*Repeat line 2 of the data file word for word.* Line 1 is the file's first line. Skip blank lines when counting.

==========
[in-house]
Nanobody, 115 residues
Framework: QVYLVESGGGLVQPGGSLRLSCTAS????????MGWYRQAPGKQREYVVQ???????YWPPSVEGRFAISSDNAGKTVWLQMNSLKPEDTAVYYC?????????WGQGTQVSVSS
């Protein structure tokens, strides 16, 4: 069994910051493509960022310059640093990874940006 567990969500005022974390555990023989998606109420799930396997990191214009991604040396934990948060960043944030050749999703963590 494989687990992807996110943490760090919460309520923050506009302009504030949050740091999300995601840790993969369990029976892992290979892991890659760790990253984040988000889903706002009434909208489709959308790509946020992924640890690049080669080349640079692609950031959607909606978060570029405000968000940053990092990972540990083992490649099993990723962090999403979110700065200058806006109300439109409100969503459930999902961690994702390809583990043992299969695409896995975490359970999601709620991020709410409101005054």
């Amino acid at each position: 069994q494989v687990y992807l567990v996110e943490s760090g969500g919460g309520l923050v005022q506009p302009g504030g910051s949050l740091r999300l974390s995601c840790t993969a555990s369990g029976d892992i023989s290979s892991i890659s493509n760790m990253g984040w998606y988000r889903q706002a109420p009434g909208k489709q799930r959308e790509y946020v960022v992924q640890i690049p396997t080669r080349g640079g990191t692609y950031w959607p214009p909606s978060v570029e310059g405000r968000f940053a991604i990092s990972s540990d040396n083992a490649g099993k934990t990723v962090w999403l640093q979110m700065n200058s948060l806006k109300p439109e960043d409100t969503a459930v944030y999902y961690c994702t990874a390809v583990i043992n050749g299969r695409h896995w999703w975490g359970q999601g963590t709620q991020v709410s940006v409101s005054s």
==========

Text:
Nanobody, 115 residues